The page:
- Enhancing cleaning and hygiene actions for shared facilities (washrooms, hand rails, door knobs, tools, equipment, desks, chairs, keyboards, mice, phones, control panels, pay stations, pump handles)
- Changing on-site people movements on shift changes (less packed buses)
- Putting up temporary vapour barriers between work stations in a control room
- Upping the performance of ventilation equipment to cleanse the air more aggressively
- Adjusting work schedules to reduce surges (at start and stop, lunch, and breaks)
- Spacing out queued workers entering and exiting facilities
- Banning any gatherings of some arbitrary number of people
- Quarantining anyone showing signs of infection
- Quarantining anyone who has travelled recently from an infected location
- Including virus testing as a mandatory work place requirement, particularly for the field
- Placing some employees on furlough (paid or unpaid) to reduce the number of workers
- Queueing customers entering any facilities
- Shutting some facilities down entirely to wait things out
All of these tactics will help, but none fundamentally challenge the underlying business models and structures for the oil and gas business. Such tactics are a costly add-on and a drag on productivity on the existing business. If a vaccination cannot be readily concocted, these tactics will be in place for a long time, and the degradation of business performance will become permanent.
As in the fight against climate change, the oil and gas industry has access to a number of digital weapons for helping deal with the pandemic. The brave will figure out how to leverage the spare capacity made available because of COVID-19 to reconfigure the business around these digital innovations.
Video conferencing tools like Zoom and Hangouts are going to get a big lift from all the home-based workers in oil and gas, but that should be just the start. Other collaboration tools — joint document editing (Google Docs), shared work tasks (Trello), team communications (Slack) — might start to be deployed more enthusiastically in the supply chain, with contractors and suppliers.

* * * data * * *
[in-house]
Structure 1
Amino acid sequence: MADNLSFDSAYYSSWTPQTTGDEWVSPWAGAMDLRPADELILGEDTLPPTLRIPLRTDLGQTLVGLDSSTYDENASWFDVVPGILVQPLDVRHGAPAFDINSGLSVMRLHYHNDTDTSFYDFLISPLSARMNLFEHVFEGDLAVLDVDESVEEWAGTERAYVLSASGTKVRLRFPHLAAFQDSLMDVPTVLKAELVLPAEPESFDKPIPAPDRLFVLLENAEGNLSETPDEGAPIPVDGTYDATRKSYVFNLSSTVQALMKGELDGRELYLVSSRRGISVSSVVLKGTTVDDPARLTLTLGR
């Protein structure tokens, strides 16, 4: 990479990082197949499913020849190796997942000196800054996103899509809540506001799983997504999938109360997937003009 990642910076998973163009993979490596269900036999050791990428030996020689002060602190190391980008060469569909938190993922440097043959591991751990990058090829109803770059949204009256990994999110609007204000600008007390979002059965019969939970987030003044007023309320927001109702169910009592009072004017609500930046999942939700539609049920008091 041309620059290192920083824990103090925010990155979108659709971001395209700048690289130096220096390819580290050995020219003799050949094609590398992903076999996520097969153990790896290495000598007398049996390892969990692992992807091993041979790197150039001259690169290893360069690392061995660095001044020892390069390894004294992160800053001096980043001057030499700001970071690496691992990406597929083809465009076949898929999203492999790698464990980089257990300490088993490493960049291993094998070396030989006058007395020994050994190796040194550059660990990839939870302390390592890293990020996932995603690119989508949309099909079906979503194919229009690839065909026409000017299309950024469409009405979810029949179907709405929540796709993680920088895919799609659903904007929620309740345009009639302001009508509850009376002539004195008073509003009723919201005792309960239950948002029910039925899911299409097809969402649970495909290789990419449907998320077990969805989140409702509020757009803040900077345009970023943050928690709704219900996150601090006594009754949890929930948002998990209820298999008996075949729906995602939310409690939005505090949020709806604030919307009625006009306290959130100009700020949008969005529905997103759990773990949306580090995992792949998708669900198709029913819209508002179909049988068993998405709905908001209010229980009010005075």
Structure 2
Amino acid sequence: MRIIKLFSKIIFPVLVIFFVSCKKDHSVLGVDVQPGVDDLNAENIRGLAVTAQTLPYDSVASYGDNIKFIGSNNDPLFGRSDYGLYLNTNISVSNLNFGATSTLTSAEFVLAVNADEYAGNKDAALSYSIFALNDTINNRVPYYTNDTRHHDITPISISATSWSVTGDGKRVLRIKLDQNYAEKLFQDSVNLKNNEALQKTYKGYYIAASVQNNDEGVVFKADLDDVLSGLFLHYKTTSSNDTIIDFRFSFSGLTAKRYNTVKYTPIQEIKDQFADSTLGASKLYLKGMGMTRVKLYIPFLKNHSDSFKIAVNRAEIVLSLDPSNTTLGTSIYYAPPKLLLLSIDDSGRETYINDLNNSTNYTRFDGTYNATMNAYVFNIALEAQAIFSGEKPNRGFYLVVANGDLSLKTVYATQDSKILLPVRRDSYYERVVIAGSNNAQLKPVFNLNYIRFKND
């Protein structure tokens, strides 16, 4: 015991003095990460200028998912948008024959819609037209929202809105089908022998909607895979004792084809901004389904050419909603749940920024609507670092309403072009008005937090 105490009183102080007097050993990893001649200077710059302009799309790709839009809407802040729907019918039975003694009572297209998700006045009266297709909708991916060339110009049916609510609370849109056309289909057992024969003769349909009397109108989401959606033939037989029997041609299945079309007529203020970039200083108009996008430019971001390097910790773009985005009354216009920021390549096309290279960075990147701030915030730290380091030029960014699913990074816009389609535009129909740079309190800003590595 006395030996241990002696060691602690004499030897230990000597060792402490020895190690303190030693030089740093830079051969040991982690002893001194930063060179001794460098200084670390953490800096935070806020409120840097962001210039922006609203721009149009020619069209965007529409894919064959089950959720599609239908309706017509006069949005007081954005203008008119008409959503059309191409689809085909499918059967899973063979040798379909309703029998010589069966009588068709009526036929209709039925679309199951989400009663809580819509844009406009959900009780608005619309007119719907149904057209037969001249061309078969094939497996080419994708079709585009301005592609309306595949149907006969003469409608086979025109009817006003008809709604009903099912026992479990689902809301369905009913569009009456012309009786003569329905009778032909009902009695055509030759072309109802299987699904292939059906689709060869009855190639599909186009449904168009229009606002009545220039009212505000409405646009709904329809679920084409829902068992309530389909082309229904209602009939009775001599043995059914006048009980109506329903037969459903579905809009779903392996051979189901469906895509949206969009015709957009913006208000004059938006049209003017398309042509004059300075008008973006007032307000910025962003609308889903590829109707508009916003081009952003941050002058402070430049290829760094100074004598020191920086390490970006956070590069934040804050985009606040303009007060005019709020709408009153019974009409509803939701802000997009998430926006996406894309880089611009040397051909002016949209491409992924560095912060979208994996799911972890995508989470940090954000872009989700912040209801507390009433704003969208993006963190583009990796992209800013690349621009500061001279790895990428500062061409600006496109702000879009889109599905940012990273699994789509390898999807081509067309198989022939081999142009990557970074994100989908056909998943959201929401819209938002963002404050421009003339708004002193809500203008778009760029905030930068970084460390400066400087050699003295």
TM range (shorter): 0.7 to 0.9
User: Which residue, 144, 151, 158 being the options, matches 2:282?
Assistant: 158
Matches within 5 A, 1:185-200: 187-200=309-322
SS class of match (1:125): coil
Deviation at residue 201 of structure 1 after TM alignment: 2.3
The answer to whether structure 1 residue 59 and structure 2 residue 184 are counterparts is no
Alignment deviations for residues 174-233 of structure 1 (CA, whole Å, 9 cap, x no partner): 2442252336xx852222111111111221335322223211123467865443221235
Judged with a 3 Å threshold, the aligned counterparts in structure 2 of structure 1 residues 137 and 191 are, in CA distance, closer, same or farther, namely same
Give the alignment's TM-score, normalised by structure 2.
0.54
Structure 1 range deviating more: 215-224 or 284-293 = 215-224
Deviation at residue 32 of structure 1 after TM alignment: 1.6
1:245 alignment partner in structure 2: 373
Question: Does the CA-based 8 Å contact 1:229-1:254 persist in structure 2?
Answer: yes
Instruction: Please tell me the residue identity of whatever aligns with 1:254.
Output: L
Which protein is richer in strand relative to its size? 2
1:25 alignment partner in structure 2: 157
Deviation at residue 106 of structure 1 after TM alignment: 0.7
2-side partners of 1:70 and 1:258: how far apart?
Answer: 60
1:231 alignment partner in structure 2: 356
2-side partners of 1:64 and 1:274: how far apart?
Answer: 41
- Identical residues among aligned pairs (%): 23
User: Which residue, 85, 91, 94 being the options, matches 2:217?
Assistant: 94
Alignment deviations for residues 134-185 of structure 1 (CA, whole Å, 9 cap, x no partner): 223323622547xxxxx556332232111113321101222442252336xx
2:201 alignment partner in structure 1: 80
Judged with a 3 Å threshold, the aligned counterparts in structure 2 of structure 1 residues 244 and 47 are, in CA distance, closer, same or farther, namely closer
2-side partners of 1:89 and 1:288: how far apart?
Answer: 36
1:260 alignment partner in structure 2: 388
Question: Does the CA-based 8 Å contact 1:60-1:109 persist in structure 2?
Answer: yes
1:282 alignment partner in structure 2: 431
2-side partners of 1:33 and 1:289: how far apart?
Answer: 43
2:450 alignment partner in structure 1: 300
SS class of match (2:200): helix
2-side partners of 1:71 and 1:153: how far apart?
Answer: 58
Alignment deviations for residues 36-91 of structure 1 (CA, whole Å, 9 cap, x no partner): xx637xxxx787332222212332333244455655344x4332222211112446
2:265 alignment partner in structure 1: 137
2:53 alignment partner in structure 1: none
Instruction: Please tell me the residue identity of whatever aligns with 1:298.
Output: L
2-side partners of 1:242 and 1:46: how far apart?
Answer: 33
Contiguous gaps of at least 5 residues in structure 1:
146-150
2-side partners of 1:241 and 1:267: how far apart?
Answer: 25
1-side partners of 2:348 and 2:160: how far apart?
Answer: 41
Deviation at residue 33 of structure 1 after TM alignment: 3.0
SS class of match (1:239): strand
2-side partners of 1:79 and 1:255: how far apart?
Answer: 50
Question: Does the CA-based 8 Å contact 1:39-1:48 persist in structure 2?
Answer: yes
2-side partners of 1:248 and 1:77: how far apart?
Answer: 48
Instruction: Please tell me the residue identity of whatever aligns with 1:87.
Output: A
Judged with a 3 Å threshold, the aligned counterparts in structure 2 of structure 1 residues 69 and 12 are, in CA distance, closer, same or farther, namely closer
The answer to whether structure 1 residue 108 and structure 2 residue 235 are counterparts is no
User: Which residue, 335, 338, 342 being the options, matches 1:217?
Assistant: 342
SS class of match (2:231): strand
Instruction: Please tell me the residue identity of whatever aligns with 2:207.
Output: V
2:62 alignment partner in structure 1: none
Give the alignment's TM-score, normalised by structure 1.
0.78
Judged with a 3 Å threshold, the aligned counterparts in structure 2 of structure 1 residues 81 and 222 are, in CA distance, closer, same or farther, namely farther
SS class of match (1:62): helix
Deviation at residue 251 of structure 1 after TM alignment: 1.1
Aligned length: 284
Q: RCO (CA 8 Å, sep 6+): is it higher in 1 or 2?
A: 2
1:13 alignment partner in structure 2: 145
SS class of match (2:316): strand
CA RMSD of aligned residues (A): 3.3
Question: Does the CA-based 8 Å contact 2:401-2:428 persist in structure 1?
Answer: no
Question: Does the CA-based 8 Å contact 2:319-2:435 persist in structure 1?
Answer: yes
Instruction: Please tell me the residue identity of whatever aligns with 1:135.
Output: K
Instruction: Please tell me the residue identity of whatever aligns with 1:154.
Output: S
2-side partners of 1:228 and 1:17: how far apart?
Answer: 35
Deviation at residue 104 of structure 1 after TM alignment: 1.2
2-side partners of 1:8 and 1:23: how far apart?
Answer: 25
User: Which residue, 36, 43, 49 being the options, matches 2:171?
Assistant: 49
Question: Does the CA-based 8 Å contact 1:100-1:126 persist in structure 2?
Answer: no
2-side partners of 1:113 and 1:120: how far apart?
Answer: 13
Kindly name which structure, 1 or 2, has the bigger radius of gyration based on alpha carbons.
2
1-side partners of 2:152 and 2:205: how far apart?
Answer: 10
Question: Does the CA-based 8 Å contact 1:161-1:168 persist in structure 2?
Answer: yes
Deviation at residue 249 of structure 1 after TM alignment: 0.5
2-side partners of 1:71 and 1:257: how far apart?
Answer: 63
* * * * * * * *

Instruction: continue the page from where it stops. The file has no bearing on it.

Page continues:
Many employees have resisted the use of wearable technology because of the perceived invasion of privacy. The one convincing use of wearable technology is in personal safety — employees find it hard to object to wearable gear that can detect a heart attack or a fall. They would likely find wearable technology that can alert them quickly to the potential exposure to COVID-19 to be equally appealing.
Instead of having workers travelling to site to check in on equipment, operators could deploy cameras equipped with visual analytics to keep eyes on assets. Visual analytics is part of the digital field that includes facial recognition technology, but is rapidly being applied to a huge range of industrial uses. One large construction company uses its overnight security cameras to also identify the arrival of parts, equipment and cement to its construction sites, and to alert crews. Used in this way, cameras reduce carbon, lower cost, and keep employees out of hospital.
Instead of having field workers clustered around SCADA system control panels in close quarters, operators could deploy artificial intelligence edge controllers from Ambyint to manage and optimise production. Letting a machine supervise the assets can potentially move employees out of the control room and create space for social distancing. Solutions such as Kelvin can optimise entire producing fields, which will also reduce the potential for virus transmission in control rooms.
There isn’t a more compelling case for drone technology than a virus outbreak. By definition, the use of a drone to replace a person in a supply chain, a warehouse, or a delivery role means fewer opportunities for person to person interaction.
Many work processes in oil and gas depend on one person doing a task and handing their resulting output off to another person. If that work is in paper or plastic format, it can also harbour the virus. Many of those processes exist because of the lack of trust between parties in the process, and now those parties have another reason to be distrustful. Does the field ticket, contract, certificate, paperwork, or license (anything that is handed from person to person in a process), possibly hold the virus too? Blockchain has yet another compelling business reason for deployment by reducing virus transmission.
The longer this pandemic drags on, the more costly these manual social distancing measures will become, and the more compelling it will be to reconfigure work to permanently solve for social distancing.
Check out my book, ‘Bits, Bytes, and Barrels: The Digital Transformation of Oil and Gas’, available on Amazon and other on-line bookshops.